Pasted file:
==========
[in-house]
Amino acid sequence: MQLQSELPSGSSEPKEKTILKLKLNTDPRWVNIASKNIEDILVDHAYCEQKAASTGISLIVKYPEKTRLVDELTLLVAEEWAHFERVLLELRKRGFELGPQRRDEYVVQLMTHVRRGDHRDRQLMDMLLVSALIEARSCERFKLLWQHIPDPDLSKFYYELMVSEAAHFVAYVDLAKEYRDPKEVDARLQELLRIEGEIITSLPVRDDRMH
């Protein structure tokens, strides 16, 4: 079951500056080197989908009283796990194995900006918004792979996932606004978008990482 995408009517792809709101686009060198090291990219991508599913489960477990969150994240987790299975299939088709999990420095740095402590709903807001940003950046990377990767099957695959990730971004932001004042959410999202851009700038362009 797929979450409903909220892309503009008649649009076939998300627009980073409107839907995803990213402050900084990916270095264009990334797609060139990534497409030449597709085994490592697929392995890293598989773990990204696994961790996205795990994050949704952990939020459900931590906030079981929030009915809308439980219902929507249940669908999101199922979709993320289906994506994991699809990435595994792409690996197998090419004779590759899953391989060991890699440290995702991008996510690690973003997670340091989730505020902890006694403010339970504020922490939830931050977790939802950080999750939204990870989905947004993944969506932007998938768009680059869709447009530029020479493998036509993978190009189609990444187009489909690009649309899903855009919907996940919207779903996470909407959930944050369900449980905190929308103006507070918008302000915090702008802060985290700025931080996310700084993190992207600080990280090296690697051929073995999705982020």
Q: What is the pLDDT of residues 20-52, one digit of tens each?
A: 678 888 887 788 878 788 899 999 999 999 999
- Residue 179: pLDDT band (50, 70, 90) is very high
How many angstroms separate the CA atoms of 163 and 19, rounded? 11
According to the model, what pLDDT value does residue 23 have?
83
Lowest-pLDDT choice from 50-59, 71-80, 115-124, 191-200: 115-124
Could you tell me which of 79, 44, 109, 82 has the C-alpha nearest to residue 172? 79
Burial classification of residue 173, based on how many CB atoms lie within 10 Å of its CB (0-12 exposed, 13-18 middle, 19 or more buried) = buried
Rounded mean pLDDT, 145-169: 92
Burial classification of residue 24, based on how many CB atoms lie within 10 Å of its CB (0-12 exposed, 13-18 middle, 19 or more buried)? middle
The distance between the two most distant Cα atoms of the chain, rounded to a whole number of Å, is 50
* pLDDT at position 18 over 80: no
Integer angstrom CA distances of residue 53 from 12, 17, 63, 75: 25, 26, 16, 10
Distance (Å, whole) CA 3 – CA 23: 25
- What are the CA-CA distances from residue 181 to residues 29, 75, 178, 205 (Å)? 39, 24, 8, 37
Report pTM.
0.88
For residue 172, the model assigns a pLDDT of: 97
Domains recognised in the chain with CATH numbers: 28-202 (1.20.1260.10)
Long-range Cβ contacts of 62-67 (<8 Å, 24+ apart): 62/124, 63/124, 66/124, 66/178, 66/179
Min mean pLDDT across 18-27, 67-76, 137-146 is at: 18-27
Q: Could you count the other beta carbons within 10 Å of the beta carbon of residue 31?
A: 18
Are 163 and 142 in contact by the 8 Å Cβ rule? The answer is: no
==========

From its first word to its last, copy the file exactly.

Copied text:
[in-house]
Amino acid sequence: MQLQSELPSGSSEPKEKTILKLKLNTDPRWVNIASKNIEDILVDHAYCEQKAASTGISLIVKYPEKTRLVDELTLLVAEEWAHFERVLLELRKRGFELGPQRRDEYVVQLMTHVRRGDHRDRQLMDMLLVSALIEARSCERFKLLWQHIPDPDLSKFYYELMVSEAAHFVAYVDLAKEYRDPKEVDARLQELLRIEGEIITSLPVRDDRMH
């Protein structure tokens, strides 16, 4: 079951500056080197989908009283796990194995900006918004792979996932606004978008990482 995408009517792809709101686009060198090291990219991508599913489960477990969150994240987790299975299939088709999990420095740095402590709903807001940003950046990377990767099957695959990730971004932001004042959410999202851009700038362009 797929979450409903909220892309503009008649649009076939998300627009980073409107839907995803990213402050900084990916270095264009990334797609060139990534497409030449597709085994490592697929392995890293598989773990990204696994961790996205795990994050949704952990939020459900931590906030079981929030009915809308439980219902929507249940669908999101199922979709993320289906994506994991699809990435595994792409690996197998090419004779590759899953391989060991890699440290995702991008996510690690973003997670340091989730505020902890006694403010339970504020922490939830931050977790939802950080999750939204990870989905947004993944969506932007998938768009680059869709447009530029020479493998036509993978190009189609990444187009489909690009649309899903855009919907996940919207779903996470909407959930944050369900449980905190929308103006507070918008302000915090702008802060985290700025931080996310700084993190992207600080990280090296690697051929073995999705982020």
Q: What is the pLDDT of residues 20-52, one digit of tens each?
A: 678 888 887 788 878 788 899 999 999 999 999
- Residue 179: pLDDT band (50, 70, 90) is very high
How many angstroms separate the CA atoms of 163 and 19, rounded? 11
According to the model, what pLDDT value does residue 23 have?
83
Lowest-pLDDT choice from 50-59, 71-80, 115-124, 191-200: 115-124
Could you tell me which of 79, 44, 109, 82 has the C-alpha nearest to residue 172? 79
Burial classification of residue 173, based on how many CB atoms lie within 10 Å of its CB (0-12 exposed, 13-18 middle, 19 or more buried) = buried
Rounded mean pLDDT, 145-169: 92
Burial classification of residue 24, based on how many CB atoms lie within 10 Å of its CB (0-12 exposed, 13-18 middle, 19 or more buried)? middle
The distance between the two most distant Cα atoms of the chain, rounded to a whole number of Å, is 50
* pLDDT at position 18 over 80: no
Integer angstrom CA distances of residue 53 from 12, 17, 63, 75: 25, 26, 16, 10
Distance (Å, whole) CA 3 – CA 23: 25
- What are the CA-CA distances from residue 181 to residues 29, 75, 178, 205 (Å)? 39, 24, 8, 37
Report pTM.
0.88
For residue 172, the model assigns a pLDDT of: 97
Domains recognised in the chain with CATH numbers: 28-202 (1.20.1260.10)
Long-range Cβ contacts of 62-67 (<8 Å, 24+ apart): 62/124, 63/124, 66/124, 66/178, 66/179
Min mean pLDDT across 18-27, 67-76, 137-146 is at: 18-27
Q: Could you count the other beta carbons within 10 Å of the beta carbon of residue 31?
A: 18
Are 163 and 142 in contact by the 8 Å Cβ rule? The answer is: no